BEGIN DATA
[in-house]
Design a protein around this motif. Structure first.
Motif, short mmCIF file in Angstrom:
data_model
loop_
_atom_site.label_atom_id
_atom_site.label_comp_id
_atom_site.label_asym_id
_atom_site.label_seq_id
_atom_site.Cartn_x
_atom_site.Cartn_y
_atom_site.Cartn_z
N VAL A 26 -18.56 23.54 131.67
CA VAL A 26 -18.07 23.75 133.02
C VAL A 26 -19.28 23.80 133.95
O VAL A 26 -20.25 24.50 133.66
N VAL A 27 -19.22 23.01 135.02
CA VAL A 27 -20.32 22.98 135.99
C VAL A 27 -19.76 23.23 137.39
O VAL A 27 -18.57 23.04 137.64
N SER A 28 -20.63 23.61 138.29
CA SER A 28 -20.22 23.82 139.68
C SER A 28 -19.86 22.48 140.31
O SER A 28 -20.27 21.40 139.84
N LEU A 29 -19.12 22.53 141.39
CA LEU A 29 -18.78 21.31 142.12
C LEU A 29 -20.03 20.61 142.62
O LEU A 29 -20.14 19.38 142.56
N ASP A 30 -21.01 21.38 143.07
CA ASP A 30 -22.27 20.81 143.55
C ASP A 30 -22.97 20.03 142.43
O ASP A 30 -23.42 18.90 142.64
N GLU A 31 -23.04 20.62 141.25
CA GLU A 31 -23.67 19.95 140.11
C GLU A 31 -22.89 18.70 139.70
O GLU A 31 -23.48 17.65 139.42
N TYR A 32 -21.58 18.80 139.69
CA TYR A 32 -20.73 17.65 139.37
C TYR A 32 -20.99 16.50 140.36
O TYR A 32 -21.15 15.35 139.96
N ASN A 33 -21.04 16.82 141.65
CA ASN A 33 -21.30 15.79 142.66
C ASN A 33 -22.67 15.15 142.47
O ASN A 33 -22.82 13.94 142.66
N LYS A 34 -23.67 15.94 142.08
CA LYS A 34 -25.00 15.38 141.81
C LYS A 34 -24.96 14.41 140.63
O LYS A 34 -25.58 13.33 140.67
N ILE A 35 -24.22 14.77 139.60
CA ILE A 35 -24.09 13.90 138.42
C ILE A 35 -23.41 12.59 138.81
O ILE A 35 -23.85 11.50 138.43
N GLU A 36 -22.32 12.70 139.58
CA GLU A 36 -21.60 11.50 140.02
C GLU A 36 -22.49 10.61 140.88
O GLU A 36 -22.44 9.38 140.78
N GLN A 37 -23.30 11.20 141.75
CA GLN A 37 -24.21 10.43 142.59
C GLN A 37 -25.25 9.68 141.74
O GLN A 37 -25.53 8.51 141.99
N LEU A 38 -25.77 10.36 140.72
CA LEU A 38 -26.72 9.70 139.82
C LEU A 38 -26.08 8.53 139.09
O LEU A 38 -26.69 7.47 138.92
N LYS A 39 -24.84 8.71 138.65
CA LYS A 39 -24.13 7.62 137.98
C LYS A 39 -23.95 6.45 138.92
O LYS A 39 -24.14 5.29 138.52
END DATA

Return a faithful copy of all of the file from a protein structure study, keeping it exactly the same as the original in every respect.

[in-house]
Design a protein around this motif. Structure first.
Motif, short mmCIF file in Angstrom:
data_model
loop_
_atom_site.label_atom_id
_atom_site.label_comp_id
_atom_site.label_asym_id
_atom_site.label_seq_id
_atom_site.Cartn_x
_atom_site.Cartn_y
_atom_site.Cartn_z
N VAL A 26 -18.56 23.54 131.67
CA VAL A 26 -18.07 23.75 133.02
C VAL A 26 -19.28 23.80 133.95
O VAL A 26 -20.25 24.50 133.66
N VAL A 27 -19.22 23.01 135.02
CA VAL A 27 -20.32 22.98 135.99
C VAL A 27 -19.76 23.23 137.39
O VAL A 27 -18.57 23.04 137.64
N SER A 28 -20.63 23.61 138.29
CA SER A 28 -20.22 23.82 139.68
C SER A 28 -19.86 22.48 140.31
O SER A 28 -20.27 21.40 139.84
N LEU A 29 -19.12 22.53 141.39
CA LEU A 29 -18.78 21.31 142.12
C LEU A 29 -20.03 20.61 142.62
O LEU A 29 -20.14 19.38 142.56
N ASP A 30 -21.01 21.38 143.07
CA ASP A 30 -22.27 20.81 143.55
C ASP A 30 -22.97 20.03 142.43
O ASP A 30 -23.42 18.90 142.64
N GLU A 31 -23.04 20.62 141.25
CA GLU A 31 -23.67 19.95 140.11
C GLU A 31 -22.89 18.70 139.70
O GLU A 31 -23.48 17.65 139.42
N TYR A 32 -21.58 18.80 139.69
CA TYR A 32 -20.73 17.65 139.37
C TYR A 32 -20.99 16.50 140.36
O TYR A 32 -21.15 15.35 139.96
N ASN A 33 -21.04 16.82 141.65
CA ASN A 33 -21.30 15.79 142.66
C ASN A 33 -22.67 15.15 142.47
O ASN A 33 -22.82 13.94 142.66
N LYS A 34 -23.67 15.94 142.08
CA LYS A 34 -25.00 15.38 141.81
C LYS A 34 -24.96 14.41 140.63
O LYS A 34 -25.58 13.33 140.67
N ILE A 35 -24.22 14.77 139.60
CA ILE A 35 -24.09 13.90 138.42
C ILE A 35 -23.41 12.59 138.81
O ILE A 35 -23.85 11.50 138.43
N GLU A 36 -22.32 12.70 139.58
CA GLU A 36 -21.60 11.50 140.02
C GLU A 36 -22.49 10.61 140.88
O GLU A 36 -22.44 9.38 140.78
N GLN A 37 -23.30 11.20 141.75
CA GLN A 37 -24.21 10.43 142.59
C GLN A 37 -25.25 9.68 141.74
O GLN A 37 -25.53 8.51 141.99
N LEU A 38 -25.77 10.36 140.72
CA LEU A 38 -26.72 9.70 139.82
C LEU A 38 -26.08 8.53 139.09
O LEU A 38 -26.69 7.47 138.92
N LYS A 39 -24.84 8.71 138.65
CA LYS A 39 -24.13 7.62 137.98
C LYS A 39 -23.95 6.45 138.92
O LYS A 39 -24.14 5.29 138.52